The cat's out of the bag
Club gives feral animals a home on campus
Published: Monday, November 30, 2009
Updated: Wednesday, July 25, 2012 21:07
At one time or another, you have probably encountered one or more of the feral cats that live on the Texas A&M campus. You might have wondered, "Where did it come from?" or "How many of these suckers are out there?" or "Shall I pet it?" or "May I have it?" Well you've got questions, and Aggie Feral Cat Alliance of Texas has answers.
A feral cat is a cat that is too wild for regular human contact. Feral Cat Alliance of Texas is a volunteer group made up of Texas A&M students, faculty and staff dedicated to providing care for and long-term management of the feral cats on A&M's campus. The organization also provides educational information about responsible pet ownership in order to help reduce strays, a common source of feral cats.
The focus of the alliance's activities is to take care of existing feral cats and to take steps to lower the feral population. One of the ways this is accomplished is through humane capture, testing and release of feral cats on campus. By spaying or neutering captured cats, the group has helped bring the campus feral population down. This means more cats are in domestic settings than in the wild.
"It really helps us that people know we take care of the cats on campus and that we aren't just running wild and crazy," said Allegra Lamison, a second year veterinary student at Texas A&M and the president of the alliance.
The alliance uses a TNR (trap-neuter-release) system. The cats are caught in traps, identified, tested for diseases, vaccinated, spayed or neutered and then re-released to the location they were captured. Often, the alliance allows senior veterinary students the opportunity to perform these operations.
The alliance also establishes feeding stations for the cats at locations on campus. Volunteers provide meals to the cats and observe them daily. The locations of the stations vary from year to year. As of now, there is a cat regularly fed at the Biological Sciences Building East building (the cat is aptly named BSBE), two cats in the greenhouse across the street from BSBE, and another two near the West Campus Library. There are also colonies of cats being fed at more remote locations like riverside campus locations and Graham Road.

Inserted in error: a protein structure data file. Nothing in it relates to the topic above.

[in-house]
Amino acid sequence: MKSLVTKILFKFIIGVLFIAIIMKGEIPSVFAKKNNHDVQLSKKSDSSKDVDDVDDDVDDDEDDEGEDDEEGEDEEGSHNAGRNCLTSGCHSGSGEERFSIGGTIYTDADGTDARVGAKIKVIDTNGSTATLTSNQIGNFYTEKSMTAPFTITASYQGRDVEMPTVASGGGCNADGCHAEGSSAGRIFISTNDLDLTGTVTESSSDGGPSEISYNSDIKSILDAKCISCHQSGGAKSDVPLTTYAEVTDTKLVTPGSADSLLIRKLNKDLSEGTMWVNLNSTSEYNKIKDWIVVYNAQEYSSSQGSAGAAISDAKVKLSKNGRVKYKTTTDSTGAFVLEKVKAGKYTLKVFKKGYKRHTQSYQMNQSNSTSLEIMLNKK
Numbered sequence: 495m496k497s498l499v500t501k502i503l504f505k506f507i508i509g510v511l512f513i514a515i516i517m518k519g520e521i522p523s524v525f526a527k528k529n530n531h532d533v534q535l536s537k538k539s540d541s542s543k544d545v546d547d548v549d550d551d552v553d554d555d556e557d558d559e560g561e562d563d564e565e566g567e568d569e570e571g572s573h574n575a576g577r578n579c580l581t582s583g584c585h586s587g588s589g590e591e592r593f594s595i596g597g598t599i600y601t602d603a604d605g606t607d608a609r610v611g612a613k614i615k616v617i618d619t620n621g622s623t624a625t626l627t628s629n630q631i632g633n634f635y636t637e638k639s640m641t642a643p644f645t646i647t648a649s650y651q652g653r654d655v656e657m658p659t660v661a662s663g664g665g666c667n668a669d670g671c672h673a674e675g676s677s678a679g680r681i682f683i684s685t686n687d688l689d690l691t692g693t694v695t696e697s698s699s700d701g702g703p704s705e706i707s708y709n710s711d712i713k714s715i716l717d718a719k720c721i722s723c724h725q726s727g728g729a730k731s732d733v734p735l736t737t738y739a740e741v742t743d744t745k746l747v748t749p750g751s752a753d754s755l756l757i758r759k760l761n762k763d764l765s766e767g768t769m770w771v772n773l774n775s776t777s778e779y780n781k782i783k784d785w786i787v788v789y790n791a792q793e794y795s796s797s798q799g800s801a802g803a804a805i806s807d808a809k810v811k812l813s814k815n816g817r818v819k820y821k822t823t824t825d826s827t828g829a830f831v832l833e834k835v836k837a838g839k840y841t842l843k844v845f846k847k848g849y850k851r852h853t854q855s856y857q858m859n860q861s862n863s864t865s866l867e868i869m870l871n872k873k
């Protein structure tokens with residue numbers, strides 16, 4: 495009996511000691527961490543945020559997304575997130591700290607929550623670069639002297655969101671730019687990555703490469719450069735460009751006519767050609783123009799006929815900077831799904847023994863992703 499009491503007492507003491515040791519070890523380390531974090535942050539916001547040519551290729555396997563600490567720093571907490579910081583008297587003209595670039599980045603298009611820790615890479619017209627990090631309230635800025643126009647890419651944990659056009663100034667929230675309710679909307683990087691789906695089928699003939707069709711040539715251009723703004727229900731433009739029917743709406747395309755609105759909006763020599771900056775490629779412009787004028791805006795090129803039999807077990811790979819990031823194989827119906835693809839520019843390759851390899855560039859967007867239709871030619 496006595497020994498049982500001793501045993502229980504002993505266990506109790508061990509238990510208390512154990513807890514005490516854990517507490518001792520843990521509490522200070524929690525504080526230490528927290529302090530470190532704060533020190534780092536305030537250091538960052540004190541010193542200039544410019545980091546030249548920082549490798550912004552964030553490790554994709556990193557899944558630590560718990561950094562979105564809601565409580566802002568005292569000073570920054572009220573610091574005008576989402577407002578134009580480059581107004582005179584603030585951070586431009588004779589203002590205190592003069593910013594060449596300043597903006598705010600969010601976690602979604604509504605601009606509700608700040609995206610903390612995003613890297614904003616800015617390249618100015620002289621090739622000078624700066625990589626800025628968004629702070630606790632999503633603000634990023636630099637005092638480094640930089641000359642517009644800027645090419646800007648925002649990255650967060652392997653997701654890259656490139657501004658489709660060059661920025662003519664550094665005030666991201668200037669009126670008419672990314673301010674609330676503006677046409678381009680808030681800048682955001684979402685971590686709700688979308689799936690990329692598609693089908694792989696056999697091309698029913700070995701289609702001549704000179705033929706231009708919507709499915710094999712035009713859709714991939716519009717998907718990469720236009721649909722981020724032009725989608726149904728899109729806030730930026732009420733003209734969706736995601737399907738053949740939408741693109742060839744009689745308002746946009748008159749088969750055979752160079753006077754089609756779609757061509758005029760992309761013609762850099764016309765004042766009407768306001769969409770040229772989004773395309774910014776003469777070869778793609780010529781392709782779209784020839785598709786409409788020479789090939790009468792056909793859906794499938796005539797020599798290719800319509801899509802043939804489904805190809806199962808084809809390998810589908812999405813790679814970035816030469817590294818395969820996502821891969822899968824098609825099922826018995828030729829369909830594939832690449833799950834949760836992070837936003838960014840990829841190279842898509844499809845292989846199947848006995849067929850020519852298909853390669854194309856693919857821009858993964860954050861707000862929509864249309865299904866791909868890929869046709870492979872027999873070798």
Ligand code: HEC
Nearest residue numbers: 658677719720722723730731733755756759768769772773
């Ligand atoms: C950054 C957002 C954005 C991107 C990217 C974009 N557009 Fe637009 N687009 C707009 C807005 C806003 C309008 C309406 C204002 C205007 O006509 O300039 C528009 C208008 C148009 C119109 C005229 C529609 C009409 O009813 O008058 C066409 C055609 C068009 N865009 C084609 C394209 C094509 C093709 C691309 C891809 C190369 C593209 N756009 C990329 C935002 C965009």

Another part of the alliance program involves providing foster care and rehabilitation for kittens and socialized adult cats. These cats are allowed to be adopted by qualified owners. The alliance also regularly provides information to the community about responsible pet ownership and the problems that pet overpopulation can cause.
However, because the feral population is so much lower than it was in 1998 (when the alliance began), activities differ from what they used to be.
"We don't have as many members doing some of the old activities as we used to. We used to have a very large feral cat population problem on campus and we had a lot of members because we had a lot of cat colonies, but we have made a really big dent in the cat population on campus. There are, I think, less than 100 [cats] on campus right now. So we've gotten our undergrads more involved and reached out the community. There are a lot of cat shelters around that we collect donations for and foster."
Lamison said the alliance accepts help from nonmembers.
"We are always looking for people to help us with our community service projects," Lamison said.
Aggie Feral Cat Alliance of Texas
To get involved, e-mail
afcat.tamu.edu and ask to be put on the alliance's listserv, or call